Terminal 46 changes include longshoring training – KIRO 7 News Seattle


SEATTLE – Major changes are coming to Pier 46 near Pioneer Square now that the Port of Seattle is not building a cruise terminal.

Plans are underway to train future longshoremen and longshoremen.

There is a real shortage of people trained to unload ships entering the Port of Seattle. So the port is offering space here at Terminal 46 to help do that job.

You are forgiven if you believe that this precious waterfront real estate is not being used. After all, the pandemic has put on hold any plans to build a new terminal for the struggling cruise industry.

“We’re doing a lot of things at 46, keeping it maritime and keeping those high paying jobs in the area,” said Fred Felleman, Port of Seattle president. “There are three separate projects going on right now. “

Felleman said the first project is to turn part of the pier into a training center, using these red cranes to help train future longshoremen and women to unload container ships. Many of those who are now working are retiring.

“There’s a whole graying tsunami going on,” Felleman said. “These are very well paying jobs, and crane operators need specialized training. “

The need is particularly acute as the port is inundated with container ships full of all the goods that people buy and need to be unloaded.

“It’s not clear if this will continue in the future – unlikely at this volume,” Felleman predicted.

But he said they still needed people to unload the ships. “Absolutely,” he said. “These are skilled jobs.”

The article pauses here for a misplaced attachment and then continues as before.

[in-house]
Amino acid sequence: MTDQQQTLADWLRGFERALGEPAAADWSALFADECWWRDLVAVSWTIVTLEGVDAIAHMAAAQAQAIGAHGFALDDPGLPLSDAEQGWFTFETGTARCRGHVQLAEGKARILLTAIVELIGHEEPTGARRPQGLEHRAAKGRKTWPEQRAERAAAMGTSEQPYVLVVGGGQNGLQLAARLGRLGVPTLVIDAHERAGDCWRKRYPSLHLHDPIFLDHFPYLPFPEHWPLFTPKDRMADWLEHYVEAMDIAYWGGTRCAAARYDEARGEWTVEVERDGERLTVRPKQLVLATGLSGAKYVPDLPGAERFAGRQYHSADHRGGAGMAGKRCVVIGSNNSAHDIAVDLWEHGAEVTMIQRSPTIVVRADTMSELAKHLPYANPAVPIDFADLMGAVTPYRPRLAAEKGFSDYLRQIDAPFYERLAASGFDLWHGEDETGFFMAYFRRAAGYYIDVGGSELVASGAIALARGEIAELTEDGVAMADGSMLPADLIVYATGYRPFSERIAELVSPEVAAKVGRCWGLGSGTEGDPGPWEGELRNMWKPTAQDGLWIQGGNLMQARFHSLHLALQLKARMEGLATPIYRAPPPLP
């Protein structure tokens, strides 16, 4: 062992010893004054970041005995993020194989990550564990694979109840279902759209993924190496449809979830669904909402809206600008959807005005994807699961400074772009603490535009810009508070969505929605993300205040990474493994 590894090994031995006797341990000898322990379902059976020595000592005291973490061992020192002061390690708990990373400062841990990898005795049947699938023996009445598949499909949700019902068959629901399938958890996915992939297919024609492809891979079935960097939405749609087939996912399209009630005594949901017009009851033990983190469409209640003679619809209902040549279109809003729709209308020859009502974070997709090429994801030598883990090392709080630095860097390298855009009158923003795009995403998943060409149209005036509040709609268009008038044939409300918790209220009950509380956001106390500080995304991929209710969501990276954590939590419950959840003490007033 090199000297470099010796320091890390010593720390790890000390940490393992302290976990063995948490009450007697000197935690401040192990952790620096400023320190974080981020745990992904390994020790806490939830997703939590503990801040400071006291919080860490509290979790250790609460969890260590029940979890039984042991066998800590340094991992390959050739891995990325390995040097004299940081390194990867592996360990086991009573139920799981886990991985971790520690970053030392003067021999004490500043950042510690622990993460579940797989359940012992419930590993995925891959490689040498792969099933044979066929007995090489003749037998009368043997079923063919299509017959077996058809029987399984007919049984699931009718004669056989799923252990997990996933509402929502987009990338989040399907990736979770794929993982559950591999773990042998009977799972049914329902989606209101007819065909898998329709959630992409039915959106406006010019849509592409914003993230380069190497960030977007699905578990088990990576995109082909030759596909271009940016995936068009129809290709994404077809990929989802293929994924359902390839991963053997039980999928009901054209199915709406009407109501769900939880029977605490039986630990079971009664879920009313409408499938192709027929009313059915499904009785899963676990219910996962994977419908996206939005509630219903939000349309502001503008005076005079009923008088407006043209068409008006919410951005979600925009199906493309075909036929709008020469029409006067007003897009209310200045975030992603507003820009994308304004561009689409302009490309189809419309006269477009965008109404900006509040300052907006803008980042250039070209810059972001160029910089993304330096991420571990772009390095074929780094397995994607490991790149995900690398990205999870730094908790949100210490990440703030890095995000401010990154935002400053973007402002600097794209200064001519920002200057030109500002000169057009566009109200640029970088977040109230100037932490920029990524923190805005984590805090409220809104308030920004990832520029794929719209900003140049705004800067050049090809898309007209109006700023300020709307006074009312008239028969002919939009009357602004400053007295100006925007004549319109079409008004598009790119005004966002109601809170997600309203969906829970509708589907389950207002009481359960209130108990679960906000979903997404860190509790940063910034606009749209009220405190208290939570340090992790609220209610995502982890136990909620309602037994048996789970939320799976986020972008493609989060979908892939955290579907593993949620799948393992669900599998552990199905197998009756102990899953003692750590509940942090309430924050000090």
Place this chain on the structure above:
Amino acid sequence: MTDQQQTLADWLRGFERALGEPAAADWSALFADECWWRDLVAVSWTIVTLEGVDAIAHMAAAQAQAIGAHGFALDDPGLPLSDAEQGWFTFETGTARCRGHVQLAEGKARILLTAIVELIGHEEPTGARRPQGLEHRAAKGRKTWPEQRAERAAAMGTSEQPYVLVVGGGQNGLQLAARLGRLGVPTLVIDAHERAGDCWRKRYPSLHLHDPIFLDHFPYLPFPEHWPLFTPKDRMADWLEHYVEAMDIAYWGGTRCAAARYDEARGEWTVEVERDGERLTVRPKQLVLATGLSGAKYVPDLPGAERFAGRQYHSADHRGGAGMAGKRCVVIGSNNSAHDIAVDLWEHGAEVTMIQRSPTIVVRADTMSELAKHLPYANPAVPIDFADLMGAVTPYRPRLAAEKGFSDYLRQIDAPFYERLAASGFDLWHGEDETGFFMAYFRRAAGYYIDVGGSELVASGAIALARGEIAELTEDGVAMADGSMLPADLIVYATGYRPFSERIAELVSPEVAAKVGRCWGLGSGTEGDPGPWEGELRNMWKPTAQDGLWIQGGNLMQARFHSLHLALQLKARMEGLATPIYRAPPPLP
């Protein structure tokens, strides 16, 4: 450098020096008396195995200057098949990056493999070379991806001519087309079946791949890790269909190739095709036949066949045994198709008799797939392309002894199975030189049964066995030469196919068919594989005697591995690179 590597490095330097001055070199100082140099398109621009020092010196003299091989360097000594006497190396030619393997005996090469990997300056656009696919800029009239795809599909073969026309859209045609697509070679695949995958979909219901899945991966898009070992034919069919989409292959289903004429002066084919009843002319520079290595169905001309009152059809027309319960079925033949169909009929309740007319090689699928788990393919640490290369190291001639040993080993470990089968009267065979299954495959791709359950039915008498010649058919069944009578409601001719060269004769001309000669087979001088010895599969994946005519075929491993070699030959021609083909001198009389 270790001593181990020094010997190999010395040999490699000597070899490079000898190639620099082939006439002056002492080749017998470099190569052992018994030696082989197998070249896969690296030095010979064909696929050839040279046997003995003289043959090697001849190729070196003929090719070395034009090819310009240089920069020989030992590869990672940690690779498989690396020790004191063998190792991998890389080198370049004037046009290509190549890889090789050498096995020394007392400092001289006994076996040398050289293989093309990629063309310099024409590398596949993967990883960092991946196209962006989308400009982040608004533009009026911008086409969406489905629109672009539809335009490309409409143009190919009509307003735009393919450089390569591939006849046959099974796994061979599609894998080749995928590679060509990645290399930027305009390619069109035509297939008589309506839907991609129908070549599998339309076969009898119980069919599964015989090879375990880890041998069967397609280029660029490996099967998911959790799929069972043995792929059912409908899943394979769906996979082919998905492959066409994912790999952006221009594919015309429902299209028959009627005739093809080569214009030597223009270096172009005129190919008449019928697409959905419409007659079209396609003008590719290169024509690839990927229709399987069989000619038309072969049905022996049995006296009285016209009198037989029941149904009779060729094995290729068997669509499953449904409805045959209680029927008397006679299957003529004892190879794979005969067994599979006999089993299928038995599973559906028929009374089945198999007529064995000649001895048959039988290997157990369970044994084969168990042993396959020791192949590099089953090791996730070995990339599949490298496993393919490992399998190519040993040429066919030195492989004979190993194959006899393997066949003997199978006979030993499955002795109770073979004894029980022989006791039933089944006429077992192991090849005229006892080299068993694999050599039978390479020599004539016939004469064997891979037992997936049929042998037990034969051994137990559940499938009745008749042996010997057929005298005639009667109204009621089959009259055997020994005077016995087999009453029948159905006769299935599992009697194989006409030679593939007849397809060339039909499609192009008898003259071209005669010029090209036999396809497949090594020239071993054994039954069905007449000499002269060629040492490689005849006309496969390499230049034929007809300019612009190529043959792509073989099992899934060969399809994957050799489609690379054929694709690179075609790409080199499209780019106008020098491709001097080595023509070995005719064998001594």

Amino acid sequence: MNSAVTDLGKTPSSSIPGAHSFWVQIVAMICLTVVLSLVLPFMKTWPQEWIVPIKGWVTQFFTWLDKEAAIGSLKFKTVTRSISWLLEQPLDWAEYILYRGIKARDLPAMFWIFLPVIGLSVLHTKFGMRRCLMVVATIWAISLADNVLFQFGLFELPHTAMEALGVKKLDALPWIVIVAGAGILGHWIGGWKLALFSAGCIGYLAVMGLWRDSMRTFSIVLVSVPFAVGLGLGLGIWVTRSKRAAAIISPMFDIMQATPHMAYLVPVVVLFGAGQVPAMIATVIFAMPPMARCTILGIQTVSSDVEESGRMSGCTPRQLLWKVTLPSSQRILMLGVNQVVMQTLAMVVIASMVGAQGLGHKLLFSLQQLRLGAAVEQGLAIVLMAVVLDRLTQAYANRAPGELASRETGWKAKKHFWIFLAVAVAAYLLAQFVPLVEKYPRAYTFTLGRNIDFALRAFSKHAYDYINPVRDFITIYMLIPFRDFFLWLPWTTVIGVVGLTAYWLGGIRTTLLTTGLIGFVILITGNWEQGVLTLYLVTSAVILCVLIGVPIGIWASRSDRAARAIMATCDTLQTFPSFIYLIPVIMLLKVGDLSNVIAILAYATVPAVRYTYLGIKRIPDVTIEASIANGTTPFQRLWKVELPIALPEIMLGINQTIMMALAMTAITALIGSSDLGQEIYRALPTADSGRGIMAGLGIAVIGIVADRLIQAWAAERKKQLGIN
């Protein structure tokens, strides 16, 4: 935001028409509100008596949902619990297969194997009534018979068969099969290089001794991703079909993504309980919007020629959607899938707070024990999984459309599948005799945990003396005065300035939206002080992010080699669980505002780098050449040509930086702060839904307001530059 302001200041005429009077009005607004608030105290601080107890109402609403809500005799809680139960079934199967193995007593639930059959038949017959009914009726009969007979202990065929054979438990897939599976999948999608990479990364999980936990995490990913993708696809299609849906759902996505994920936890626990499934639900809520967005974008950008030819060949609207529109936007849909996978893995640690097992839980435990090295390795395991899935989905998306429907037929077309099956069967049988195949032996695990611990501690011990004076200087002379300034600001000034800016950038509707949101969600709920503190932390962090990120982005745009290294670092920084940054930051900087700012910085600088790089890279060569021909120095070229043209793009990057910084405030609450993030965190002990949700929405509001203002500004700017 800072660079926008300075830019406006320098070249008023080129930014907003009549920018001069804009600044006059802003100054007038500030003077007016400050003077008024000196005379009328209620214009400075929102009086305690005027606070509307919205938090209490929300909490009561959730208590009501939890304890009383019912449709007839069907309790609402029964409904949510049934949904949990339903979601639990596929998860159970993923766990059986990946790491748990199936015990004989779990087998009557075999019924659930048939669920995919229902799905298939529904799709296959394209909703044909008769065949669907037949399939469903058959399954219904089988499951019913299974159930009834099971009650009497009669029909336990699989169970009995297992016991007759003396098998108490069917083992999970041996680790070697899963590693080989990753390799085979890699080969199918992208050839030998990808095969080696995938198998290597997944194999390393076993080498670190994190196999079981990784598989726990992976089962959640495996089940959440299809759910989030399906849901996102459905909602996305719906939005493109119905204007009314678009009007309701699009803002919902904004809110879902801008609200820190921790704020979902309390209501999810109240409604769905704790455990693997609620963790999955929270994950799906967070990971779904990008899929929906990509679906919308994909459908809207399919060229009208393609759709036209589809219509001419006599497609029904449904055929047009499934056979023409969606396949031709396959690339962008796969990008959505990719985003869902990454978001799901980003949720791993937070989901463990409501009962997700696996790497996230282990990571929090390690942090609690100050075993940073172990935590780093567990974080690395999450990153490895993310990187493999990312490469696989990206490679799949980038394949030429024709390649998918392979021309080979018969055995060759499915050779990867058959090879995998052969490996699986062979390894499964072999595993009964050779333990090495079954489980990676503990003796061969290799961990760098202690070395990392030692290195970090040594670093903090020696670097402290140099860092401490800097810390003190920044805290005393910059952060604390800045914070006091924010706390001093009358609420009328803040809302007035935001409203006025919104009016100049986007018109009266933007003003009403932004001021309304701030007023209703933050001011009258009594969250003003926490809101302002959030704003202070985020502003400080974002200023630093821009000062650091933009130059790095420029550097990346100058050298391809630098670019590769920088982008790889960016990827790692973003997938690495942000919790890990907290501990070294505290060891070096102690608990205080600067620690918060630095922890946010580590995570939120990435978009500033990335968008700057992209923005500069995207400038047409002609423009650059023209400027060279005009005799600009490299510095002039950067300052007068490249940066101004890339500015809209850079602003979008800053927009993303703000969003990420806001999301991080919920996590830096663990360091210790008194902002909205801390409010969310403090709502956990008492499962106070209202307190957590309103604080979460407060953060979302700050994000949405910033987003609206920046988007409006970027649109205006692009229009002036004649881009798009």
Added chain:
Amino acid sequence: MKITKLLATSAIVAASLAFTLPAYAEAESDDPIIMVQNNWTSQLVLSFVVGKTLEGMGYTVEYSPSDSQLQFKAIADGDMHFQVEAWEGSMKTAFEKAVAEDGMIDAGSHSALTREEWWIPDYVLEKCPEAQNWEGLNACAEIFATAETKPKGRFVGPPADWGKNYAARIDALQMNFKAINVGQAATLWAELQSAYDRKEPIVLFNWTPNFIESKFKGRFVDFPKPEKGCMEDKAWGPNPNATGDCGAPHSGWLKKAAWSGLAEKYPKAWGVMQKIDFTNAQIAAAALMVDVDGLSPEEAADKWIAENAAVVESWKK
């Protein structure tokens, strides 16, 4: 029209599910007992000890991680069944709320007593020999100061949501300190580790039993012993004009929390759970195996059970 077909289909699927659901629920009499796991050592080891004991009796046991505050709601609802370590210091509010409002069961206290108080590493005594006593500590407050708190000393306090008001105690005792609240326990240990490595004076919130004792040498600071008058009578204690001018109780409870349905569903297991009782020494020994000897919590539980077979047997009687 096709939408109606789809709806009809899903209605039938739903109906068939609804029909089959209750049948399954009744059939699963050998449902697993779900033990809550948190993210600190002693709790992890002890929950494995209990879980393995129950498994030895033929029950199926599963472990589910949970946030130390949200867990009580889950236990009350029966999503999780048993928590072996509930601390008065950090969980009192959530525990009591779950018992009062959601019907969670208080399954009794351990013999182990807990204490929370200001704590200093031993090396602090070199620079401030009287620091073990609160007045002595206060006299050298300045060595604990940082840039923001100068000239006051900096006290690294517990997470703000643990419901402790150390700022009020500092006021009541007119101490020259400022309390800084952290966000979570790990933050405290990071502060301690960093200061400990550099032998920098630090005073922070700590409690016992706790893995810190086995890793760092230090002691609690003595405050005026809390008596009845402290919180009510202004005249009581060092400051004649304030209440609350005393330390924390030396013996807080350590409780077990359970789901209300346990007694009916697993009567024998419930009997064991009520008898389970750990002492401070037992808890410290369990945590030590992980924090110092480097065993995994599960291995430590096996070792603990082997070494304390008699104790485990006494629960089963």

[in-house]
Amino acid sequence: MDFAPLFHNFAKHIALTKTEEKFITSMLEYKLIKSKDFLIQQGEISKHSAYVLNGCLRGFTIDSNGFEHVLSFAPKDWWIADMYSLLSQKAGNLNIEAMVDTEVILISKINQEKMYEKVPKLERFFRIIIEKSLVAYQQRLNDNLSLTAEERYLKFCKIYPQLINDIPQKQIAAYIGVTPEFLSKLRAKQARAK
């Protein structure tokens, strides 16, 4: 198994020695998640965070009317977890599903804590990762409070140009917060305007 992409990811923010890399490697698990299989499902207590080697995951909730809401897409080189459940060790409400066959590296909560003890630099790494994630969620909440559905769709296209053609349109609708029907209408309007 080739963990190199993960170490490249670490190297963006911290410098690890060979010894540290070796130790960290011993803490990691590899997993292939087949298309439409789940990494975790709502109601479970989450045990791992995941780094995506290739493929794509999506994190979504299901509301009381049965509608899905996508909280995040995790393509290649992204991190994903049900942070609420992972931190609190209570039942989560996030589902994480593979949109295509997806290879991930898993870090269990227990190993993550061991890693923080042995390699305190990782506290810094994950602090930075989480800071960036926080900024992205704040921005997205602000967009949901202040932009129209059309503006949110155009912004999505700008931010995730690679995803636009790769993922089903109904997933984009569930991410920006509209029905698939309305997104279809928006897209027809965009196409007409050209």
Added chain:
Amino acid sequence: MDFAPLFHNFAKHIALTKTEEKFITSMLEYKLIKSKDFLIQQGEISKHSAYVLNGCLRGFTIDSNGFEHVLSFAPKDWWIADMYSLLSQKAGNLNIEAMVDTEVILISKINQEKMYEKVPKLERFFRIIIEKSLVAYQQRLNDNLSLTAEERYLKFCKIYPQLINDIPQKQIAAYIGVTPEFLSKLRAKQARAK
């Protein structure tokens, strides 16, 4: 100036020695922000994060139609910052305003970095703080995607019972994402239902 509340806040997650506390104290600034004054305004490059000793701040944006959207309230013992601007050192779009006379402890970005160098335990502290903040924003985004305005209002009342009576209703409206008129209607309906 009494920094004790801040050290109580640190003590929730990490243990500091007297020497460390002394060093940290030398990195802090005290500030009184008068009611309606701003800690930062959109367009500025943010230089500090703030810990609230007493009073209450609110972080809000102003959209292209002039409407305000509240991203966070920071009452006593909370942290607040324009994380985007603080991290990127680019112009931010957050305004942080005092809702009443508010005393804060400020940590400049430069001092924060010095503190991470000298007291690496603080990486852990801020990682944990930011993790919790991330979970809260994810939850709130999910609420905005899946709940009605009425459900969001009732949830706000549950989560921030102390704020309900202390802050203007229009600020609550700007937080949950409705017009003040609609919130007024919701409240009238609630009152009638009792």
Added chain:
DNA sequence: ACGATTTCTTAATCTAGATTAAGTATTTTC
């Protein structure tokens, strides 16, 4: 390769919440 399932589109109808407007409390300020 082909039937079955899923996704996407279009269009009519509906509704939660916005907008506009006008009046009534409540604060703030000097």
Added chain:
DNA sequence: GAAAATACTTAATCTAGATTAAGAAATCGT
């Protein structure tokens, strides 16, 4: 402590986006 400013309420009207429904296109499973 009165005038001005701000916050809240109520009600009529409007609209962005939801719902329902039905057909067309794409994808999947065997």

“Well I know clean energy means,” Gov. Jay Inslee, D-Wash said. “It means jobs here at the Port of Vancouver. “

Inslee tweeted about port jobs today almost 170 miles south.

“Every time a ship arrives,” he said, “it means 30 stevedores on each ship have good jobs.”

SoDo’s Terminal 46 will also be used to store some of the container overflow from Terminal 18. And the port is working on a short-term lease with the U.S. Coast Guard to moor and maintain ships like its breakers. red shell ice.

“It is a public good intended to be able to not only create income,” said Felleman, “but to create the jobs of the future.”

Felleman believes that a cruise terminal will someday be built at Terminal 46, likely to the chagrin of some residents of Pioneer Square.

But first, the cruise industry must recover from the significant losses it suffered during the pandemic.

Meanwhile, there is a great need for anyone who wants to work in the logging industry.

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